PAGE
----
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Bush signs Iraq and Afghanistan war-funding by Olivier Knox

WASHINGTON (AFP) - US President George W. Bush on Monday signed into law a 162-billion-dollar spending bill funding the Afghanistan and Iraq wars well into 2009 -- roughly six months into his successor's term.


by Olivier Knox
Mon Jun 30, 11:25 AM ET

"With this legislation, we send a clear message to all that are serving on the front line that our nation continues to support them," he said after signing the bitterly debated legislation at the White House.

Democrat Barack Obama and Republican John McCain -- Bush's chosen heir -- have feuded sharply over Iraq as they battle over who will win the November election and the keys to the White House in January 2009.

The war remains vastly unpopular, and part of the reason that Bush's job approval sits at record lows, with roughly two out of three Americans in recent opinion polls saying the March 2003 US-led invasion was a bad idea.

And the surveys suggest that most Americans are more concerned with the faltering economy than with Iraq as they reel from an epidemic of home foreclosures, job losses and skyrocketing gasoline prices.

Bush has taken pains to underline security gains in Iraq resulting from his decision to "surge" roughly 30,000 more soldiers there in January 2007, and stressed that the troops are coming home as a result.

Critics have countered that political progress remains elusive and that the "surge" failed to achieve its goal of handing security for the whole country to Iraqi forces by November 2007.

But while Democrats won the US Congress in November 2006 partly on pledges to end the war, they have failed to set a timetable for bringing home the roughly 150,000 US troops in Iraq.

"I appreciate that Republicans and Democrats in Congress agreed to provide these vital funds without tying the hands of our commanders and without an artificial timetable of withdrawal from Iraq," Bush said.

"Our troops have driven the terrorists and extremists from many strongholds in Iraq. Today, violence is at the lowest level since March of 2004. As a result of this progress, some of our troops are coming home, as a result of our policy called 'return on success.' We welcome them home," said Bush.

Democrats took comfort from having inserted into the legislation a modern version of the post-World War II GI Bill to expand education benefits to veterans, a plan that Senate Republicans and the White House had opposed.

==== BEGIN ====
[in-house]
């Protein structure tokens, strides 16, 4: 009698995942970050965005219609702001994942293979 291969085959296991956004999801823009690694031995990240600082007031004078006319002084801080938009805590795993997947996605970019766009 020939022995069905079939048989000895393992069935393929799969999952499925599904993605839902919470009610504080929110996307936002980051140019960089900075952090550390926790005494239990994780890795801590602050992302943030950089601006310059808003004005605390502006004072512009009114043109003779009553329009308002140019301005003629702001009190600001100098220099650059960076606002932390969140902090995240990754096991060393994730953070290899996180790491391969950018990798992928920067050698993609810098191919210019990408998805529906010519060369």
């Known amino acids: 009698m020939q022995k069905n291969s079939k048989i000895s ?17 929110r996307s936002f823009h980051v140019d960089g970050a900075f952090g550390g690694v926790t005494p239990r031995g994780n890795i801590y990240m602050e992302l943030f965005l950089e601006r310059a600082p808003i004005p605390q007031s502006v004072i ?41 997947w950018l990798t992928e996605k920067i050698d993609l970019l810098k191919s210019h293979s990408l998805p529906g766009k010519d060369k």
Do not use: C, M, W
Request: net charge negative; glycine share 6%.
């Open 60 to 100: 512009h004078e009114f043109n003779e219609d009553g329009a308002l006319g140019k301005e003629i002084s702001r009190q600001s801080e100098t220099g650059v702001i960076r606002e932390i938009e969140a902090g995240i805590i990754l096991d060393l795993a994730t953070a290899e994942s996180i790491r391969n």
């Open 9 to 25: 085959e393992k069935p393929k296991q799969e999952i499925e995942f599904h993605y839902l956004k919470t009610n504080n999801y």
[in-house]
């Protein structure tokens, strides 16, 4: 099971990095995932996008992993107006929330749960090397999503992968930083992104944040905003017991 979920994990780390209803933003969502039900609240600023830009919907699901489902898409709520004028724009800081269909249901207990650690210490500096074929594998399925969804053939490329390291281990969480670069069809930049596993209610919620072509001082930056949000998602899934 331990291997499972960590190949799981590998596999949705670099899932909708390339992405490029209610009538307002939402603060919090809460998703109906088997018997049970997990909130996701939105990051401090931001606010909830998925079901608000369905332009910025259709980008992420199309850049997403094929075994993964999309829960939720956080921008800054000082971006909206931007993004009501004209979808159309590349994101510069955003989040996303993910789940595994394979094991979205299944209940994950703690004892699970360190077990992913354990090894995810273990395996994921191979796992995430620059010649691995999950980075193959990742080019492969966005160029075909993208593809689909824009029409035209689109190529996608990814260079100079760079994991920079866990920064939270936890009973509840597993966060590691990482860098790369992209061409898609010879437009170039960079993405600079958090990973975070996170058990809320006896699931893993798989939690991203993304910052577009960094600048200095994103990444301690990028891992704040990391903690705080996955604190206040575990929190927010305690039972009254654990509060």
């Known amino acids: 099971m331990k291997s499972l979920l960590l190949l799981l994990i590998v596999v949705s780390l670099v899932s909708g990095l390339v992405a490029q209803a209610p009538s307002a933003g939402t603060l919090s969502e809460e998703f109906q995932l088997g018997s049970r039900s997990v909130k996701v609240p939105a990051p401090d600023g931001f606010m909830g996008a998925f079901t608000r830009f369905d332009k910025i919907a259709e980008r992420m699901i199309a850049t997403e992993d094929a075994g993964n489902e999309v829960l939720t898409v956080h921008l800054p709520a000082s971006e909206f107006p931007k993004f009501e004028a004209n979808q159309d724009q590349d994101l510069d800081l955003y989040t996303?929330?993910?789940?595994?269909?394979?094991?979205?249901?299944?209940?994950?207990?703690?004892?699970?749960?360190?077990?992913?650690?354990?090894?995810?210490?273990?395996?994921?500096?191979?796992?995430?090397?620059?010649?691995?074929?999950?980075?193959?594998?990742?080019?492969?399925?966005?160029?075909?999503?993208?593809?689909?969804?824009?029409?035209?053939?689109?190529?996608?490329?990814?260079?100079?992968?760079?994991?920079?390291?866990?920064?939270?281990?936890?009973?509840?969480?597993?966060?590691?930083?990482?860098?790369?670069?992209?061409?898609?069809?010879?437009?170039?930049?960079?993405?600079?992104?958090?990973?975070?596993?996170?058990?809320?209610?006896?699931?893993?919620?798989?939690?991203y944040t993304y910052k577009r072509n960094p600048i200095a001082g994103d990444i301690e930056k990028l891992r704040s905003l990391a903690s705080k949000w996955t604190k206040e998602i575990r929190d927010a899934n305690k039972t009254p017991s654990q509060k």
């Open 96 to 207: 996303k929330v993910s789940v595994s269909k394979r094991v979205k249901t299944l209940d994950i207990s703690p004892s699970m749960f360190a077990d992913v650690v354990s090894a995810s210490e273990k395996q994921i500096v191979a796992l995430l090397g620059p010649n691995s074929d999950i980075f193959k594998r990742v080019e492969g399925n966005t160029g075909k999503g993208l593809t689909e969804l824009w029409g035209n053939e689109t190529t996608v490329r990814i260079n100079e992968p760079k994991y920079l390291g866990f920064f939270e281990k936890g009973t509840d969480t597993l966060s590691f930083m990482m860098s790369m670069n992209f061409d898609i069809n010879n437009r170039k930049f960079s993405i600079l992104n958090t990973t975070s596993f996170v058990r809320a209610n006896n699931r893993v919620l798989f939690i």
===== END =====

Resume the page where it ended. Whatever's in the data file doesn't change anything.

The veterans' benefits part of the legislation also included a 13-week extension of unemployment benefits and aid for Midwest flood victims.

"I'm pleased that the bill I sign today includes an expansion of the GI Bill. This legislation will make it easier for our troops to transfer unused education benefits to their spouses and children," said Bush.

The legislation calls on the Iraqi government to spend as much money as US taxpayers for reconstruction, and bars the Bush administration from using the funding to establish permanent bases in Iraq.

The White House contends that no overseas base can be called "permanent" because host governments are always free to order US forces out.

Last week, the US president and his Iraqi counterpart, Jalal Talabani, met at the White House and discussed efforts to seal a planned long-term US-Iraq security deal that would set the rules for the US military presence in Iraq after their UN mandate expires late this year.

US and Iraqi officials with knowledge of the closed-door negotiations said they hope to forge the controversial deal by late July, though the talks have only edged forward over the past several weeks with some compromises.

Key areas of dispute have included the question of US troops' standing under Iraqi law, and whether they could be brought before Iraqi courts, as well as plans for long-term US military bases, freedom to conduct operations, and to arrest and detain Iraqis.